Jesse Eisenberg

Like Jesse Eisenberg in "Batman v Superman," Leto is overcooked.
In Woody Allen's new movie, Café Society, Kristen Stewart plays a girl from Nebraska who tries her luck in 1930's Hollywood
When Doerries puts on a show, a Greek chorus from the heavens sings praise of the scale of his ambition, and well, yes... hubris. He has taken the very same Greek dramatists that have inspired the culture wars and the politics of identity, and redeployed them in the service of public health.
I know I am late. I waited forever to go see the Batman vs Superman movie.
The rest of the cast, Rachel Brosnahan, Ruby Jerins and Megan Ketch add to this already stellar lineup. Trier, whose father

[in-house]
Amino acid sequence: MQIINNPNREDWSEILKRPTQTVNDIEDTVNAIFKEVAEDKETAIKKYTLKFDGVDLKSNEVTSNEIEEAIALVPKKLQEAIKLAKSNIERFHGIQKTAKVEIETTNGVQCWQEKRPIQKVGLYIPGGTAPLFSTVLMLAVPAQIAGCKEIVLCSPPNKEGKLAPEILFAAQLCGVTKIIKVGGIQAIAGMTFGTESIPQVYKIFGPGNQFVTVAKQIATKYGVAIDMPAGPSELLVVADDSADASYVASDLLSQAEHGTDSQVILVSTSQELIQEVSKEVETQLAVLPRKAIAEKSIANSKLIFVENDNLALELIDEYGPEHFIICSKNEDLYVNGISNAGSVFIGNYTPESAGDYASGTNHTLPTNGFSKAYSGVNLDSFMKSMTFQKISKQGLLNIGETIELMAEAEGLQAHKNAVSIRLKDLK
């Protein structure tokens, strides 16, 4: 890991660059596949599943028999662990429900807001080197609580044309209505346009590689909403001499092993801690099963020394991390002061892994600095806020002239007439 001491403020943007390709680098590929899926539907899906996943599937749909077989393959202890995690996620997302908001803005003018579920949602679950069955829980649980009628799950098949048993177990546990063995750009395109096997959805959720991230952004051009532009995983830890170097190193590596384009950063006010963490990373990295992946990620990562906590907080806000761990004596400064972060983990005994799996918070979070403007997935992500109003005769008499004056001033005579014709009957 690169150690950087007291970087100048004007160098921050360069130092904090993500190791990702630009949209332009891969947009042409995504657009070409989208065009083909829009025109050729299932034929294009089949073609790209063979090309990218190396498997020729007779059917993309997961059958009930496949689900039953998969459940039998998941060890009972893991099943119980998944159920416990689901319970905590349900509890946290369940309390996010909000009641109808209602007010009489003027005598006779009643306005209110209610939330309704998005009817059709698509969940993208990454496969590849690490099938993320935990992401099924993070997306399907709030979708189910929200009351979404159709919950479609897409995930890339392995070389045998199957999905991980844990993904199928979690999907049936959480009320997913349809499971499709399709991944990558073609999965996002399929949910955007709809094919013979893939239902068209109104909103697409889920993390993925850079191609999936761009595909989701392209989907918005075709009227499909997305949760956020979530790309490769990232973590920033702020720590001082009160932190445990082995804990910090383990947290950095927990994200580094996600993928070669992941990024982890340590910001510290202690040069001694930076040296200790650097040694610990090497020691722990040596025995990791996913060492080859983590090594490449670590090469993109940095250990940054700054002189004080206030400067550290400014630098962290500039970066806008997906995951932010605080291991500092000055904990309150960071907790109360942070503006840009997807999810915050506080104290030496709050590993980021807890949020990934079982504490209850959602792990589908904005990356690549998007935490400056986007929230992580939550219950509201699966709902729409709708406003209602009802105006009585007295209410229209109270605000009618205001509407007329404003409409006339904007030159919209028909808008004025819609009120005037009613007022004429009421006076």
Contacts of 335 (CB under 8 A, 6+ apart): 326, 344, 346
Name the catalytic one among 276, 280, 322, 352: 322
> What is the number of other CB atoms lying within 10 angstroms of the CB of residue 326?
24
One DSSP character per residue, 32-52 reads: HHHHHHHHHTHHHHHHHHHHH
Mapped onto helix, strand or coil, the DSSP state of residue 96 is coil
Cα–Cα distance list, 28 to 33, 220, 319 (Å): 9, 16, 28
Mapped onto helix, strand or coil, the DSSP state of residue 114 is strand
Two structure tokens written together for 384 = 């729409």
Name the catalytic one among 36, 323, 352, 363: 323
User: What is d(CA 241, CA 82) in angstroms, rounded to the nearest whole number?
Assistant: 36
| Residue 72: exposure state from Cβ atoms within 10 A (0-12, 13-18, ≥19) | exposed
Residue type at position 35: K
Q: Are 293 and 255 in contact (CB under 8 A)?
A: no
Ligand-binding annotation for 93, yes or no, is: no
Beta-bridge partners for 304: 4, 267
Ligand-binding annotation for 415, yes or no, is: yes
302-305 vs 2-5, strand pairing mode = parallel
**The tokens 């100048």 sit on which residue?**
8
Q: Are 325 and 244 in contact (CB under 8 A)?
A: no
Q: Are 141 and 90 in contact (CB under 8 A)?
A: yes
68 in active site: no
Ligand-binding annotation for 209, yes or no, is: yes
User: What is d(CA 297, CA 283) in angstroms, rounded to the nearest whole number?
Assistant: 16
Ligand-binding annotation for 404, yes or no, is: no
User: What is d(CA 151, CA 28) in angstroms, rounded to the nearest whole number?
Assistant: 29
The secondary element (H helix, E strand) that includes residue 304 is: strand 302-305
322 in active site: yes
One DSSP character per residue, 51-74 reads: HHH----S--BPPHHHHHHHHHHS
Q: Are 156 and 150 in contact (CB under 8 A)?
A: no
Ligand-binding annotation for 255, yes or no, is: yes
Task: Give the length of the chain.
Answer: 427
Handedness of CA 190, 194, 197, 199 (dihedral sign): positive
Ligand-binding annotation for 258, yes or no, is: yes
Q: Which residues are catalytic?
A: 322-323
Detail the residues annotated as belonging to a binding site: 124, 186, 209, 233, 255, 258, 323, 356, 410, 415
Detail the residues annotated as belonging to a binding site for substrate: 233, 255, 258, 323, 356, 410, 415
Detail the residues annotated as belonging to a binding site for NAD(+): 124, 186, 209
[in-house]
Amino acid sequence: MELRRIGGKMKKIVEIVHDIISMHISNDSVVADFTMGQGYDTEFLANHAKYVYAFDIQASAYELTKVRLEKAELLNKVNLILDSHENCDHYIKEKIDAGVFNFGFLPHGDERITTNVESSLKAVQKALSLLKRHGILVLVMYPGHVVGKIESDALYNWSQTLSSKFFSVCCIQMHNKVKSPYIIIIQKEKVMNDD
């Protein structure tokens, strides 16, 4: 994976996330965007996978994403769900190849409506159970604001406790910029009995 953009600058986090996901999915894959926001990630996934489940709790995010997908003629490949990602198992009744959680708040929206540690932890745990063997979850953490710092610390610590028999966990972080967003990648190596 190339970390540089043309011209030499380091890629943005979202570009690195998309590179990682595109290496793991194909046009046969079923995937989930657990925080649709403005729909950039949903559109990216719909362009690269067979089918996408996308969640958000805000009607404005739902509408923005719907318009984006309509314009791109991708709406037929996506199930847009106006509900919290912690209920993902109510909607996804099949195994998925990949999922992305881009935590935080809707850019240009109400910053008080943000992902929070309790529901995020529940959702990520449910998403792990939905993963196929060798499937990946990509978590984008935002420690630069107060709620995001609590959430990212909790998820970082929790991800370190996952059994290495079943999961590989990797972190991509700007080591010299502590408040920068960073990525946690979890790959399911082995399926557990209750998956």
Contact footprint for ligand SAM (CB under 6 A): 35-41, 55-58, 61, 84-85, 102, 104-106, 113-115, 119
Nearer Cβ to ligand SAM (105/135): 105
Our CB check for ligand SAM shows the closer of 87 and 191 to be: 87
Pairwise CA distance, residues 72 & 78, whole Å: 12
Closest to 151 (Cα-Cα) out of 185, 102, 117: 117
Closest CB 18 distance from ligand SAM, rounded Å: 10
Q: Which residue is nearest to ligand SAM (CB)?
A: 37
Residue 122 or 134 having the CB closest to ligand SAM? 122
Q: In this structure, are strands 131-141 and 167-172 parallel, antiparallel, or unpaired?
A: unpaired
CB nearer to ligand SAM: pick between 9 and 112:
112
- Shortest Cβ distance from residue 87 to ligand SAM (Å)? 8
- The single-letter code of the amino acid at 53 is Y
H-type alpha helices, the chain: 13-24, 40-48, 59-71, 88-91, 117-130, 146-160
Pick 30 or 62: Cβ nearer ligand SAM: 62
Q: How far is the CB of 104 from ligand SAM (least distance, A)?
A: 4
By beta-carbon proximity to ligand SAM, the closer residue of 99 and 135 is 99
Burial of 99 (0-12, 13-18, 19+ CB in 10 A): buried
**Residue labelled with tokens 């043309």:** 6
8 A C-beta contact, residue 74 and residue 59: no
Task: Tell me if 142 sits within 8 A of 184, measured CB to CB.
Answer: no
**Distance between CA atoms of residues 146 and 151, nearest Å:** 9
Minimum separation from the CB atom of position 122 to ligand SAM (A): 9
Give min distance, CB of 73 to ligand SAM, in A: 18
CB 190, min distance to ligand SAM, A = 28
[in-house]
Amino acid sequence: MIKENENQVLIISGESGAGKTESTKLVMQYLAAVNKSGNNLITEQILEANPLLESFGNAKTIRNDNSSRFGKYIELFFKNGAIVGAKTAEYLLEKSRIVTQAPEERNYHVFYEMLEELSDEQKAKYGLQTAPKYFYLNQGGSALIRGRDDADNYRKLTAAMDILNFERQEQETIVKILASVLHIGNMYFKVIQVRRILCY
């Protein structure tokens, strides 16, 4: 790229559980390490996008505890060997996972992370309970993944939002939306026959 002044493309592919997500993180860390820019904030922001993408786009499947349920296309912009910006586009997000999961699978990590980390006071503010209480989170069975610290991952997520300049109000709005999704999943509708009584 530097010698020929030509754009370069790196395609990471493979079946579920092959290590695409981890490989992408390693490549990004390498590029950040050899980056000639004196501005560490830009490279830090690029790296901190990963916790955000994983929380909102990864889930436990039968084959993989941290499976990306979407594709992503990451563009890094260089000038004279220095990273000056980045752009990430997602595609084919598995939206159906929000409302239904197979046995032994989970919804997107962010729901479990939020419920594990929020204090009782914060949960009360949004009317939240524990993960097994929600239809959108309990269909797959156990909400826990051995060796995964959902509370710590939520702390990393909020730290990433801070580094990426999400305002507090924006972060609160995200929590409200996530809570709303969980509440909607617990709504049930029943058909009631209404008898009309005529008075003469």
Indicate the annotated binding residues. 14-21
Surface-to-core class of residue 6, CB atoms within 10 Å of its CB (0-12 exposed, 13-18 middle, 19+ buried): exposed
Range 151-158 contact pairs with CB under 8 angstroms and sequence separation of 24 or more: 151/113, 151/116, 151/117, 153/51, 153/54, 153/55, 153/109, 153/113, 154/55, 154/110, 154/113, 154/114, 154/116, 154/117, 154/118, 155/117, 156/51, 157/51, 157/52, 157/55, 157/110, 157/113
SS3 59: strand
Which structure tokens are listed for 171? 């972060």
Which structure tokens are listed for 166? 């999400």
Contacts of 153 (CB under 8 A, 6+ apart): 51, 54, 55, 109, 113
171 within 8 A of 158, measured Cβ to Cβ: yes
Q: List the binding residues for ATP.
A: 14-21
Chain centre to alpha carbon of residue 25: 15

Both Batman and Superman are laughing all the way to the nearest Metropolis (or Gotham) bank. Even still, I offer a word of advice. If you go in aware that the film drags a bit more than it should and doesn't contain as many quips as a Joss Whedon adaptation would have, then you'll be better off.
It has been called dark, somber, convoluted, overstuffed, loud, fascist, nihilistic -- and the descriptions go on. Batman v Superman: Dawn of Justice has touches of all that, some more than others. But it's still worth the watch.
The director returns to France alongside Kristen Stewart and Jesse Eisenberg.
Justice dawned at the box office to the tune of record-breaking $167 million opening weekend, but the questions remains: Is